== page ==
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Camp Fire-Ravaged Butte County to Use New Siren to Warn of Evacuations

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Abandoned vehicles sit on the side of a road, destroyed by flames, in Paradise on Nov. 9, 2018. (JOSH EDELSON/AFP/Getty Images)

Butte County is set to unveil a new siren warning aimed at alerting residents to evacuate during emergencies, nearly nine months after 85 people in the county died in the devastating Camp Fire.

The European-style siren has been installed in the county's patrol vehicles, Butte County Sheriff Kory Honea said in an interview with KQED News. He said his department has developed a policy that calls for using it when deputies don't have the ability to go door to door to warn citizens of an imminent threat.

"We will go through neighborhoods sounding that particular siren. That's the only time we will use it. It means there's an evacuation in effect in that area," Honea said, adding that the tone is different from emergency sirens normally heard in the United States, which will in theory make it standout in an evacuation.

He said while having uniformed law enforcement knock on doors is the most effective way to notify people, it's unrealistic during a major disaster.

"There's no jurisdiction that has a sufficient number of resources," Honea said, "especially when you're dealing with a no-notice event like the Camp Fire."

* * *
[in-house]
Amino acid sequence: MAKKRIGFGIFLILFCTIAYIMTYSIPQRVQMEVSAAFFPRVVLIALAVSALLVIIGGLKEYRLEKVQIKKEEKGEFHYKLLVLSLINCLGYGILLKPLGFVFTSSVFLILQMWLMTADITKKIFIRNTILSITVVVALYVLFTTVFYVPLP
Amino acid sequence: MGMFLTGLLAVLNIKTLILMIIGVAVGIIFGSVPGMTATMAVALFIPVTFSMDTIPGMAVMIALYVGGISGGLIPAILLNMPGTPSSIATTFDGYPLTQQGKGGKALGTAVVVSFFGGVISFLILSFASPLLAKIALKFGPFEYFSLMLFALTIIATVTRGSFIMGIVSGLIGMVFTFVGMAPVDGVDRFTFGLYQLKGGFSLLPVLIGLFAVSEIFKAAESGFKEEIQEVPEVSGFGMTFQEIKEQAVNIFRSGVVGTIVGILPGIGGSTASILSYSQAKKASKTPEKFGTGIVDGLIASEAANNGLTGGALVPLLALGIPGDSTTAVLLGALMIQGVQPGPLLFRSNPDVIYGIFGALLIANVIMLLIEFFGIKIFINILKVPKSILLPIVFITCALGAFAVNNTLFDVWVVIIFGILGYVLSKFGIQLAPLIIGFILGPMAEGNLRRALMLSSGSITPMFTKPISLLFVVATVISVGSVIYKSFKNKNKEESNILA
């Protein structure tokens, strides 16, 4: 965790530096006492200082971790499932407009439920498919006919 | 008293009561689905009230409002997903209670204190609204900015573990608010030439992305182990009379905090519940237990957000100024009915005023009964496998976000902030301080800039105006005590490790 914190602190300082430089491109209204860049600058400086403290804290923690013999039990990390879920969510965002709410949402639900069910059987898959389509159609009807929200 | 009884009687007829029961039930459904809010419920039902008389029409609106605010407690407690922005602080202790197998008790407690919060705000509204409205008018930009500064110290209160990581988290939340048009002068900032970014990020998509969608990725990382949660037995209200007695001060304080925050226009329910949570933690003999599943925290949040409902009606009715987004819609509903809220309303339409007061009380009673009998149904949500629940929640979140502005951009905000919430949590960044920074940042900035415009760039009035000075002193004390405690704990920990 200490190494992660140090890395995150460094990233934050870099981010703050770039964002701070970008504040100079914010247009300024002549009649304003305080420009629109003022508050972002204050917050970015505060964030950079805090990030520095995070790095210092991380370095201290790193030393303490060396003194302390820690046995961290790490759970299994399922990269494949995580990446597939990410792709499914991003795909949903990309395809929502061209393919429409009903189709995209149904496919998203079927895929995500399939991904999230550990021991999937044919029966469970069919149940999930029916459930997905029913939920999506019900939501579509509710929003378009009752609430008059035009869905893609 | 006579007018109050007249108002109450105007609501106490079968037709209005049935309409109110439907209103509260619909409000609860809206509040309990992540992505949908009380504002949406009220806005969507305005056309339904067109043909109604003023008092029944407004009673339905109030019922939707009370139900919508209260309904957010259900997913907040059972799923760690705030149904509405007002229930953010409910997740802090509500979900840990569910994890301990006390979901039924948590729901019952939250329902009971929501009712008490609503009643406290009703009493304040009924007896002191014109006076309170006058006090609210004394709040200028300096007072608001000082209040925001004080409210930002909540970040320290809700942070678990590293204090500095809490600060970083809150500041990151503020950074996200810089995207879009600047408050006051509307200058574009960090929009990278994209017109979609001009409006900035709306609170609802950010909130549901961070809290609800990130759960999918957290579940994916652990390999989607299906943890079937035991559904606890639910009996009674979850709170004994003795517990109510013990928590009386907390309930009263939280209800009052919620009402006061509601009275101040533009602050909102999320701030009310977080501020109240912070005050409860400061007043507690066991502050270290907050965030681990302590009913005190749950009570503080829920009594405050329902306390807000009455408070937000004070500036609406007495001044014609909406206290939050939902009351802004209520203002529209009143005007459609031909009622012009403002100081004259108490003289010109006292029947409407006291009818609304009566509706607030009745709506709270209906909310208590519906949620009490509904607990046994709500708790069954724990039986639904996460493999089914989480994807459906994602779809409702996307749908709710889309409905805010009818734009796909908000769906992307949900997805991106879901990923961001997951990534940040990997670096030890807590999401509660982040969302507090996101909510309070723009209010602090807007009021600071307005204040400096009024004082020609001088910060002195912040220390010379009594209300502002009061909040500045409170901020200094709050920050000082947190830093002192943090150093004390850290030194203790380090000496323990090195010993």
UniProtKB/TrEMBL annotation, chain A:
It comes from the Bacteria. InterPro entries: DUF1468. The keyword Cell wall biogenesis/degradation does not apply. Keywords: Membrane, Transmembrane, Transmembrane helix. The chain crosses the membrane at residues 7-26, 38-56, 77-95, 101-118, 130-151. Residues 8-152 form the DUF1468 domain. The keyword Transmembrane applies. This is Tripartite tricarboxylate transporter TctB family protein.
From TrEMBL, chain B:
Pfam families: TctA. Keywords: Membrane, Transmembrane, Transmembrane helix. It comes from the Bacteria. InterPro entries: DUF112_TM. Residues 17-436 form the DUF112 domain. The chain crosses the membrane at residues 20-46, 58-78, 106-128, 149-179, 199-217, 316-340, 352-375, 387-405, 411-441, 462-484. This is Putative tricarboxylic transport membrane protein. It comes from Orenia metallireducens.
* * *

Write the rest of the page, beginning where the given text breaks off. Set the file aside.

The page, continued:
The inability of counties to effectively alert residents of a fast-approaching wildfire was an issue during the Camp Fire as well as the North Bay Fires in 2017. This fire season, PG&E has begun preemptive shutdowns of power lines during high fire danger, leading some residents to worry about how that could impact evacuation warnings.

"For some, a Facebook notice was the only notice they got (during the Camp Fire)," said Chico resident Susan Sullivan outside of a recent hearing on PG&E's proposed rate increases. "With power shutoffs, that notice won't be there. There won't be Facebook to get the word out. Phones might not be charged."

Sullivan also flagged concerns about whether law enforcement vehicles blaring the new evacuation siren will be able to make it into neighborhoods if a disaster has already brought down trees and power lines, rendering roads impassable. But she said any attempts to improve emergency communications is welcome.

"Anything is a help," she said.

Sheriff Honea hopes the new siren will help maximize his agency's reach during an emergency, noting that it's difficult to ensure universal communications.

"No matter how many platforms you message on, there is no way to ensure 100% saturation of your message," Honea said. "Technology may fail you when the infrastructure goes down. So I think we need to bring a clear understanding of what our capabilities are and manage expectations."

Honea says the idea to install the European-style siren tones in Butte County vehicles is borrowed from similar initiatives taken by Sonoma and Napa counties following the North Bay Fires in 2017.

The city of Malibu is considering stationary loudspeaker siren towers so it can broadcast audio messages using renewable power sources that would serve as an alternative in case the primary power infrastructure fails. Malibu was hit by the deadly Woolsey Fire just as the Camp Fire was ravaging Northern California.

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